Lacemaking is something that unites the countries of Europe, explains the woman behind a current craft exhibition in Lefkara. ALIX NORMAN find out more
If you had to organize a Ferrari show, you would do it in Italy, right? A gathering of watch enthusiasts would probably be the best in Switzerland. And a convention of chocolate lovers – well, Belgium is the obvious choice. So it makes perfect sense that a new European lace exhibition is taking place here in the world-famous Lefkara lace-making center in Cyprus.
Entitled European Lace, the exhibition was organized under the auspices of the Portuguese Presidency of the Council of the European Union – a rotating presidency assumed by Portugal during the first half of this year. The exhibition honors our common European social and cultural identity, highlighting the common culture that unites the peoples of Europe, while highlighting the importance of preserving traditional arts as a means of sustaining local economies.
Taking place at the local Museum of Traditional Embroidery and Goldsmithing in Lefkara, the exhibition presents the finest examples of lacework from all over the continent: punto Greco from Greece, Idrianische Spitze from Slovenia, Hedebo from Denmark. Contributed by the embassies of 28 European countries, the samples of European lace bear witness to our common cultural heritage and our shared love for fine craftsmanship; a well-known craft in Cyprus, thanks to the famous Lefkaritika.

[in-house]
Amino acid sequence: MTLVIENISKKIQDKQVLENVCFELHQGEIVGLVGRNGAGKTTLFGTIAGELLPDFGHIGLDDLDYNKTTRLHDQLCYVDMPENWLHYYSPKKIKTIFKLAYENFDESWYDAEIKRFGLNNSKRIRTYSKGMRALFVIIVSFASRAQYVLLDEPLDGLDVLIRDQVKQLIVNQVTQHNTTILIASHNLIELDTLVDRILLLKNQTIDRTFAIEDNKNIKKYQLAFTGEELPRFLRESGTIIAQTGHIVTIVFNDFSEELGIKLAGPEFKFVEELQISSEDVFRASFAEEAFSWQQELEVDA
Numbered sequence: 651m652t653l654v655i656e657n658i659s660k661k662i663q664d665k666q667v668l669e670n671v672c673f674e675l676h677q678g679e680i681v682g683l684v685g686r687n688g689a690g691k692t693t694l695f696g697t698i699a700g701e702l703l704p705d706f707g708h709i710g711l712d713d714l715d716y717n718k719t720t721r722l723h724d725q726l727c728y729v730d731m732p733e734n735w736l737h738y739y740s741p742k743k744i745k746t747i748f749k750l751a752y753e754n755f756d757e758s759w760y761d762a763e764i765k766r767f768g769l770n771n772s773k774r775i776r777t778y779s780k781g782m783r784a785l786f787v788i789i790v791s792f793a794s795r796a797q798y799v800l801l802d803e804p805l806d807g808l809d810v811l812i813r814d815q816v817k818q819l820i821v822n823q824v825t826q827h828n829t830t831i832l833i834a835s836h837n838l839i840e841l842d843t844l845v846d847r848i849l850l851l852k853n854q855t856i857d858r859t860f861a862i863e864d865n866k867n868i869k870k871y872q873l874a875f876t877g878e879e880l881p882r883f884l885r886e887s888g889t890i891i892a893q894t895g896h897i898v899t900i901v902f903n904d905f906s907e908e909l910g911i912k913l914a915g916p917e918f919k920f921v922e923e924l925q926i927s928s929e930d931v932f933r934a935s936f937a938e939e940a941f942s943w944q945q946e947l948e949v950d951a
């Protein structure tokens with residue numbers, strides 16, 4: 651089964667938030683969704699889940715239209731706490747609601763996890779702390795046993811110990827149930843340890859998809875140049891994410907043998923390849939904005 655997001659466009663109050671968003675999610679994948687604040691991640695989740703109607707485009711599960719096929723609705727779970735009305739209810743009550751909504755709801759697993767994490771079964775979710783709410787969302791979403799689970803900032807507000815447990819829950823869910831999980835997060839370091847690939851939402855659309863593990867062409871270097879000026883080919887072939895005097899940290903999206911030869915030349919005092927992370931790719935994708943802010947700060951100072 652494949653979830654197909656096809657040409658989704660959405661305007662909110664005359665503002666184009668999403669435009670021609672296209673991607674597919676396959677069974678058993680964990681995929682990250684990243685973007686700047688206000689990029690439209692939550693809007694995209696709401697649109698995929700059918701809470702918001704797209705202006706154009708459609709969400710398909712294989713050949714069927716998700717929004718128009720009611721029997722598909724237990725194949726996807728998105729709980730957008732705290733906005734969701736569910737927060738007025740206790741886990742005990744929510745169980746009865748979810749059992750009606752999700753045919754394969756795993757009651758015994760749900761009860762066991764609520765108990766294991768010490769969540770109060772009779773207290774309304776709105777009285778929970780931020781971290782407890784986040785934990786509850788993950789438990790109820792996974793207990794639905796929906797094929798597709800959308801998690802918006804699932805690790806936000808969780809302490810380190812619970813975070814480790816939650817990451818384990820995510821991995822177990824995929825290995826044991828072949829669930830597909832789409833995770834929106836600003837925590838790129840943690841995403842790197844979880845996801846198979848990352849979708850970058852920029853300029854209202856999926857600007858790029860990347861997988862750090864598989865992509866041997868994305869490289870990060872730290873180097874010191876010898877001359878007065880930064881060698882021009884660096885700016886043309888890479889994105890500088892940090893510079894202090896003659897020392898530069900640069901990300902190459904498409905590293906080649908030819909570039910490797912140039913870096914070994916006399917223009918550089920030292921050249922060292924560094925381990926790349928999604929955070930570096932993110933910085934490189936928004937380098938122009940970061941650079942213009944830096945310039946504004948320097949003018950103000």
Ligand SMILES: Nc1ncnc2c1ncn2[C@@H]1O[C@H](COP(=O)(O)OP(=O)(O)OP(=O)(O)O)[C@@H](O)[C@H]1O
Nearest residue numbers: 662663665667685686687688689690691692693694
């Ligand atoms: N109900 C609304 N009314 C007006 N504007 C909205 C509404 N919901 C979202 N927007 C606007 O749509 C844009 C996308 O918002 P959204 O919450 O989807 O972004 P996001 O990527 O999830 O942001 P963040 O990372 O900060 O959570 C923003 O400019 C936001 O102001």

“The exhibition was produced under the inspiration of Lefkara, whose craftsmanship projected Cyprus far beyond its borders,” explains Portuguese Ambassador to Cyprus Manuela Bairos. “As in Lefkara, all European countries have received and inspired hundreds of lace centers in Europe and thousands of designers and artisans, making the lace industry a prosperous economic activity and an important part of the European social and cultural identity. .
“For centuries,” she adds, “lace has been one of the most expensive household items, either to enrich the dowry of young girls or to satisfy the sophisticated tastes of the aristocracy; today, its production is limited and preserved mainly thanks to public or private efforts to protect this extraordinary form of cultural heritage and testimony of a past that we all share in Europe.
Many of the best examples of lace making across the continent have been inscribed on Unesco’s list of Intangible Cultural Heritage of Humanity, one of which is Lefkaritika. But while the iconic Cyprus lace is one of the best-known examples of craftsmanship in the world, other countries have long produced such intricate and magnificent work …
When we think of Shetlands, images of sturdy people weaving heavy wools and tweeds come to mind. But these secluded British Isles are also renowned for their delicate lace shawls and stockings – spider confections knitted from air and magic, endorsed by royalty and shown in world exhibitions. Then there’s Romania – a place of medieval fortresses and primeval forests – which has, over the years, produced some of the finest iglita (crochet macrame lace) in Europe, inspired by fine Reticello lace from the Renaissance. And from Ireland we get needle lace (characterized by raised edges and a delicate mesh bottom): a form practiced originally by the Ursuline nuns of the country and later, in times of famine, a much needed source of income for women working across Europe.